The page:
Let's Redefine Deprivation

My youngest son and I recently visited my oldest daughter and son-in-law in Seattle. We experienced all the wonderful landmarks of the city such as the Space Needle and Pike's Place Market, etc., but the highlight was hiking to the top of Rattlesnake Ridge to see the breathtaking and magnificent views from the summit.

I was so totally blown away by what I saw when I reached the summit that I squealed with delight! - just ask my daughter who captured my over-the-top enthusiasm on video via her iPhone! I was also reminded how very thankful I am to no longer be addicted to the Standard American Diet and obese. [A little over five years ago, at age 47, I was severely addicted to fake, low-nutrient foods, 100 lbs. overweight, prediabetic, and suffered from coronary artery disease, hypertension, chronic fatigue, and increasing immobility. Within a year, I dropped the weight and got my health restored.]  

Additionally, I would've missed out on so much of the trip if I were still unhealthy, because we walked and hiked a lot and had a wonderful time doing it!

 

The worst of the nightmarish memories of obesity and poor health have gradually faded over time, and I tend to take my health for granted these days. I need trips like this past one to be reminded, once again, how much freedom I have now as a healthy individual. Plus, my obesity would've ruined the visit for my daughter and son-in-law as I would've only been able to sit around in their apartment, or sightsee via bus tours, or dine continually on decadent foods – not much else - and that would've been a bummer for them.

I'm continually grateful for the many blessings that being fully committed to the nutritarian diet-style has allowed me to enjoy these past five years. And to think that for many years I incorrectly thought it was too restrictive, and I was afraid that I’d be regularly deprived.

Not being able to hike up Rattlesnake Ridge and experience the grandeur of the view at the summit, or watch the shear delight and excitement on my 14-year-old son's face would've been restrictive. Likewise, I would've been deprived of making a lifetime memory with my daughter and son-in-law as well.

We must get this deprivation thing turned around. Eating a crispy, succulent apple instead of a candy bar is not deprivation - it is liberty! Eating a scrumptious kale salad with orange-cashew-toasted sesame dressing instead of a grilled cheese sandwich and bag of chips is not restrictive – it is pure pleasure beyond what words can express! 

 

image credit by yarophoto.com

What is it Like to be Free from Food Addiction?

Felicia was recently interviewed on Disease Proof. [click here to read her interview]  She’s lost over 160 lbs in less than a year, and she’s still losing!  I asked her if she’d be willing to share what her life is like now that she's free from food addiction, and she wrote the following. May it inspire you with renewed hope and encouragement in your journey to live in the best health that’s possible!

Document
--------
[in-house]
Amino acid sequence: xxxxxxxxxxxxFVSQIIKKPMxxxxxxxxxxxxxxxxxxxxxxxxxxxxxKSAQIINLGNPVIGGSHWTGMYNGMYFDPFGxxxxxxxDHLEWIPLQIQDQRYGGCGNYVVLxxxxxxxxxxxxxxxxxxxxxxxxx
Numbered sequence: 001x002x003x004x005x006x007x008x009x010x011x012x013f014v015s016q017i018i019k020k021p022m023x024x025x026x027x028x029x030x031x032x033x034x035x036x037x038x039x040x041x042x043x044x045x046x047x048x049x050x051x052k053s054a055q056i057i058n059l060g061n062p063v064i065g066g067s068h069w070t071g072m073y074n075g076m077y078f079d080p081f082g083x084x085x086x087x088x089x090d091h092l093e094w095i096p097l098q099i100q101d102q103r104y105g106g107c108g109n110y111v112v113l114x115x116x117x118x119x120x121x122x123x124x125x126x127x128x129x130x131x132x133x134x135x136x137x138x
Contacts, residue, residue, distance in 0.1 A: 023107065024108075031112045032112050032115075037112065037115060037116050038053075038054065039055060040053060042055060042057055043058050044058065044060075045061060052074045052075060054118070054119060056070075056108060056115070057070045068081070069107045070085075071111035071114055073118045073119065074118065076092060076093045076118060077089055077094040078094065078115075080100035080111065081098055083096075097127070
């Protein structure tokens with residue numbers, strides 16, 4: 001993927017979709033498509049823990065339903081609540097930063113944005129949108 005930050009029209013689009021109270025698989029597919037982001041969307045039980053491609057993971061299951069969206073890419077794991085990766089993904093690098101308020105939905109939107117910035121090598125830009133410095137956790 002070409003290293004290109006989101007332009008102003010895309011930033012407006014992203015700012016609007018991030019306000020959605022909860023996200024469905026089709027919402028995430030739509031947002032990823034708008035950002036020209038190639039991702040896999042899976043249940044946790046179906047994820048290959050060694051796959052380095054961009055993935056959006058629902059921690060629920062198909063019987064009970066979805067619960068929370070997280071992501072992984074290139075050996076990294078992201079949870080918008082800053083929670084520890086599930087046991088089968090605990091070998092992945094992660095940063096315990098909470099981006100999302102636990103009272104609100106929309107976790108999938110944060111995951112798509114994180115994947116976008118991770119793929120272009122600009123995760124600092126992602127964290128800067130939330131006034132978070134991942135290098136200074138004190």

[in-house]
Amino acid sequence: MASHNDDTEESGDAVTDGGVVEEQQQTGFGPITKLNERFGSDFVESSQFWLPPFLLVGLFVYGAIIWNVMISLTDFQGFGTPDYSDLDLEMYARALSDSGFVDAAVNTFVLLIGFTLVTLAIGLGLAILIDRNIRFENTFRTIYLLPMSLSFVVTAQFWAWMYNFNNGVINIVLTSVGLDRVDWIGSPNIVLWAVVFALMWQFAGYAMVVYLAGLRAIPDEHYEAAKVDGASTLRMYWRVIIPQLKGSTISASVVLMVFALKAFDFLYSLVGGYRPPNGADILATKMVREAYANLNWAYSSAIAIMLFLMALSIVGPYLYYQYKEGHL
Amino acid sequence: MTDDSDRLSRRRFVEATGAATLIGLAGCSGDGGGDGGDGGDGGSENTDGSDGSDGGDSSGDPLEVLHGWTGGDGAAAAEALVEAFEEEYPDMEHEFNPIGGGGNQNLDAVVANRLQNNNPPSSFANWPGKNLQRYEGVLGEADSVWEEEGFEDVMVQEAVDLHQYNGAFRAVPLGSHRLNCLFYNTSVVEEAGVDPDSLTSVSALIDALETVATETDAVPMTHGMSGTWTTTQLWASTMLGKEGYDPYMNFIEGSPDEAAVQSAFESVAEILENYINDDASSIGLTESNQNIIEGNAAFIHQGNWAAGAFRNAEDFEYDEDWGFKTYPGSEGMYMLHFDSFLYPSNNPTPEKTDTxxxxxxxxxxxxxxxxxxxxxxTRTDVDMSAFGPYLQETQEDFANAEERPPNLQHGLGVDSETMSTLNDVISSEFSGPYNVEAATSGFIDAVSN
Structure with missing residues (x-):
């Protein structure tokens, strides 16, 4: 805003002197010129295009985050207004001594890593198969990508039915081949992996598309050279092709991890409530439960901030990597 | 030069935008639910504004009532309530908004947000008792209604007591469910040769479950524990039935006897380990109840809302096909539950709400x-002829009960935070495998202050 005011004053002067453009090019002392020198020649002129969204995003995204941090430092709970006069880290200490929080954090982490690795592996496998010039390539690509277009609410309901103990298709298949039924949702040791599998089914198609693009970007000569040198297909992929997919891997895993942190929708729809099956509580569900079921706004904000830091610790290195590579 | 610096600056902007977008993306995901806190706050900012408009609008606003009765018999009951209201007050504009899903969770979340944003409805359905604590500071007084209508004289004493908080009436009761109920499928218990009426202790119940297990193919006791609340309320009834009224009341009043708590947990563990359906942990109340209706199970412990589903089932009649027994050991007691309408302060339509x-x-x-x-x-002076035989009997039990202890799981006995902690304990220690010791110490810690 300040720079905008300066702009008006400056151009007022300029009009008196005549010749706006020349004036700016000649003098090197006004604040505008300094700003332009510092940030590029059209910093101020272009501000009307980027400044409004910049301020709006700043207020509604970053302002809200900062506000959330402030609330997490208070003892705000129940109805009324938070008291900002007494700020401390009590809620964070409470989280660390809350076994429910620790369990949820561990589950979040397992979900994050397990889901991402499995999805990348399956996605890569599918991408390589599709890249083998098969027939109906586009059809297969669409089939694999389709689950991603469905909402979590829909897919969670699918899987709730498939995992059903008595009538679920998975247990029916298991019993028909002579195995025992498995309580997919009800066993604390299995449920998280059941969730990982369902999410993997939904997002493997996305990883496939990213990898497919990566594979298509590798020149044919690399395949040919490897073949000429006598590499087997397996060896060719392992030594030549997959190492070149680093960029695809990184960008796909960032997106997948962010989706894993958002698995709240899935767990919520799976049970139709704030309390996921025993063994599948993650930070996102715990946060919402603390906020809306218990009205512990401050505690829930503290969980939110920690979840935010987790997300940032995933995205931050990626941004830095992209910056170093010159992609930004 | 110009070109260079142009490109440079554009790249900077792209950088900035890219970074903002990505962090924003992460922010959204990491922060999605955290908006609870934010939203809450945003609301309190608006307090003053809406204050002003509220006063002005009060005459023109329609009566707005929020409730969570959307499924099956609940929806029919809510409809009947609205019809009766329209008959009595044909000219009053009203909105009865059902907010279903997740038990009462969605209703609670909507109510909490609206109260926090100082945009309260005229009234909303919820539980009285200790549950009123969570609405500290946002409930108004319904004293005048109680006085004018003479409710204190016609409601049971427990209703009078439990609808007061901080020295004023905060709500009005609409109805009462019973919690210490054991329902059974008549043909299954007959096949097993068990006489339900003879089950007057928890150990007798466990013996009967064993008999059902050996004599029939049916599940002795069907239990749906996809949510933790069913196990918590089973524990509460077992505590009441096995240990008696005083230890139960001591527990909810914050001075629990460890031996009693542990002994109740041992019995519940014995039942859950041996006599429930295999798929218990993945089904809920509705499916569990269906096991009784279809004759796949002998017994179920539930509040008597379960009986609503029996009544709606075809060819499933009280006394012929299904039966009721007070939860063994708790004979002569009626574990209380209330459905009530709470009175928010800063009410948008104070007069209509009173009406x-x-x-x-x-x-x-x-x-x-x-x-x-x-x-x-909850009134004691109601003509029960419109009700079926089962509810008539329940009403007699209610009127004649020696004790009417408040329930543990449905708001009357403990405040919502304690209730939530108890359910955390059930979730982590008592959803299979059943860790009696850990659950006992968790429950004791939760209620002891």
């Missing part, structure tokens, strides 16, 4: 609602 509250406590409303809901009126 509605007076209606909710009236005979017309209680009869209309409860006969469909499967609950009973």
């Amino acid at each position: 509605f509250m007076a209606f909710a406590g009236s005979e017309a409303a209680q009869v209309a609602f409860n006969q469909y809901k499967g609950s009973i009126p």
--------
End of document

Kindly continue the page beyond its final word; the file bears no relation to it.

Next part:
What is it like to be free from food addiction?

by Felicia Ricks

 

The definition of addiction according to the dictionary is “a compulsive physiological and psychological need for a habit forming substance.”

I never thought of food as a habit forming substance, but I always thought of it as a necessary requirement for the body to survive. It wasn’t until I heard Dr. Fuhrman talk about toxic hunger that I came to the realization that I had a food addiction and had a compulsive physiological and psychological need for a habit forming substance.

When I initially started on Dr. Fuhrman’s nutritarian program, I experienced toxic hunger and I didn’t feel very well for several days. I asked myself, “Is this how drug addicts feel when they’re going through detoxification? This doesn’t feel good at all!” Although, I was experiencing some withdrawal symptoms I was determined to break the vicious cycle of food addiction by not eating the foods that caused the addiction. After enduring the “not so good days” I noticed that I wasn’t jittery, the headaches were non-existent and I didn’t feel the desire to put a Snickers bar in my mouth. I knew I was on the road to recovery.

Being free from my food addiction was an answered prayer because one of my prayers was to be self-controlled in my eating habits. However for many, many, years I was never able to consistently maintain self-control. It wasn’t until I totally committed to eating the foods that were originally intended for our bodies to absorb and digest such as, green vegetables, berries, onions, mushrooms, beans, seeds/nuts (GBOMBS) and COMPLETELY eliminated the refined, sugary, processed and synthetic foods and drinks, that I began to feel spiritually and physically liberated. I feel as though I am no longer bound and enslaved by the self-inflicted chains of food addiction and I am no longer defiling my body. I also feel as though a weight, figuratively and literally has been lifted from me and now I can honestly and unequivocally say that, “I am free indeed!”

Thank you Dr. Fuhrman for spreading the message and informing people about the benefits of healthy nutrition. Also for holding fast to the statement by Hippocrates, “Food shall be your medicine and your medicine shall be your food.”

 

“It will take strength. It will take effort. But the pleasure and rewards that you will get from a healthy life will be priceless.”